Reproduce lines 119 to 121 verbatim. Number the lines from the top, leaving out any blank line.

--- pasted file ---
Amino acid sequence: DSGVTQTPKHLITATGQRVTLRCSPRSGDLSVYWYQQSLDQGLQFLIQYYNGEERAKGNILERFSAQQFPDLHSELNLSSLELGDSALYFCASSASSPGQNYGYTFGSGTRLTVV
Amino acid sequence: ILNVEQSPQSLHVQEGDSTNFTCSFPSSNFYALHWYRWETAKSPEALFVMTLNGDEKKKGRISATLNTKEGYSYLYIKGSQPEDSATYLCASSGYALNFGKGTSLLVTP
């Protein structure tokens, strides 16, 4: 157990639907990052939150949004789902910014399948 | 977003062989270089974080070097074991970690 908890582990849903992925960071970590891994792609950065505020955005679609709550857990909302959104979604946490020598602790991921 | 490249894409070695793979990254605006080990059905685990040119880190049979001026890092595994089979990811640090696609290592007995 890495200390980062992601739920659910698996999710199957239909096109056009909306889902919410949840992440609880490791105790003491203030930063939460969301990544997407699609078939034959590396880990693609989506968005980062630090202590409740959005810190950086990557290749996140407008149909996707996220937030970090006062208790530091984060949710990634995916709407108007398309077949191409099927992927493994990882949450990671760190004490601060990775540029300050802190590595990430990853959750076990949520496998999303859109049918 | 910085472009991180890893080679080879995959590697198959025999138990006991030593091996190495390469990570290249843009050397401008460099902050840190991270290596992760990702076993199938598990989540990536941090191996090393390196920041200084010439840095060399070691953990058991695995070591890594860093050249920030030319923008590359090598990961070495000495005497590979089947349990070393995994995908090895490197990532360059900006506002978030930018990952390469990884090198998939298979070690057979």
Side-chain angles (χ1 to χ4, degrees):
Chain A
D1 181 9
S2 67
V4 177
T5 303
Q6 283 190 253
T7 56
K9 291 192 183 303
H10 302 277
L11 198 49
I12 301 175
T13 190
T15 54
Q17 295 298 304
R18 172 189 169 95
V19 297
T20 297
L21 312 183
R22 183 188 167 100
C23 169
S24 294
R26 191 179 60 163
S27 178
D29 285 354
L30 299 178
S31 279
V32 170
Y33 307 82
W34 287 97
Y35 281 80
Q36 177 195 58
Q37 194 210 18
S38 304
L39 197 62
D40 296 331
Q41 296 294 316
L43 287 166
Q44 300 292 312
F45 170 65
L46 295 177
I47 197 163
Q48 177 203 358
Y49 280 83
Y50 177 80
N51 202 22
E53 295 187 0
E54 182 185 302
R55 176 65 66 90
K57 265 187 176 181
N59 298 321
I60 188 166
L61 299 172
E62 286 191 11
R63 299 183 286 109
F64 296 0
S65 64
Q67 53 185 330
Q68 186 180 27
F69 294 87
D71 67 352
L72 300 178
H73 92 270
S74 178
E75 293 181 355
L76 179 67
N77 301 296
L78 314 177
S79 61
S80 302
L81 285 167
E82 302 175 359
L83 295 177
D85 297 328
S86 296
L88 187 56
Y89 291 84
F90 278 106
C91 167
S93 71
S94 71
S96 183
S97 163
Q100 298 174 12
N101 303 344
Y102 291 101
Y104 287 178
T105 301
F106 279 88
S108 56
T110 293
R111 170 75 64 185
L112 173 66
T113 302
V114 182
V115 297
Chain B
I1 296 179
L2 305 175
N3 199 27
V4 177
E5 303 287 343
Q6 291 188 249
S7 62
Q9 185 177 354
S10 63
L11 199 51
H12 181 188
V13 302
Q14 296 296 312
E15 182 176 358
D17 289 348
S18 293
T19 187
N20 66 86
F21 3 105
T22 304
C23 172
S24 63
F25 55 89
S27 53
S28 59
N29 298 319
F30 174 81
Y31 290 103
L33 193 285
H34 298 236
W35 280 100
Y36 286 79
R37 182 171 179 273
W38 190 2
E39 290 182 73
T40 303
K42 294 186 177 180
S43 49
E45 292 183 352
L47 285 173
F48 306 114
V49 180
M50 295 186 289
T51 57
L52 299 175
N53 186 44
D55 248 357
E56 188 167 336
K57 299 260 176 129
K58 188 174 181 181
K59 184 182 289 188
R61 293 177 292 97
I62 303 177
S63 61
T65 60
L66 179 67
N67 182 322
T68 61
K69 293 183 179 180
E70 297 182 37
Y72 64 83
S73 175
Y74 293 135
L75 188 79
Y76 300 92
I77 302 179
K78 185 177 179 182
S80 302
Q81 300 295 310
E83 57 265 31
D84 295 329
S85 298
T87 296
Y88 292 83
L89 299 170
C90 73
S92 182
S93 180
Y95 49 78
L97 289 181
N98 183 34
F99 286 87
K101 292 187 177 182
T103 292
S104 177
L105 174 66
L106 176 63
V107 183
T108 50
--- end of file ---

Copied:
F21 3 105
T22 304
C23 172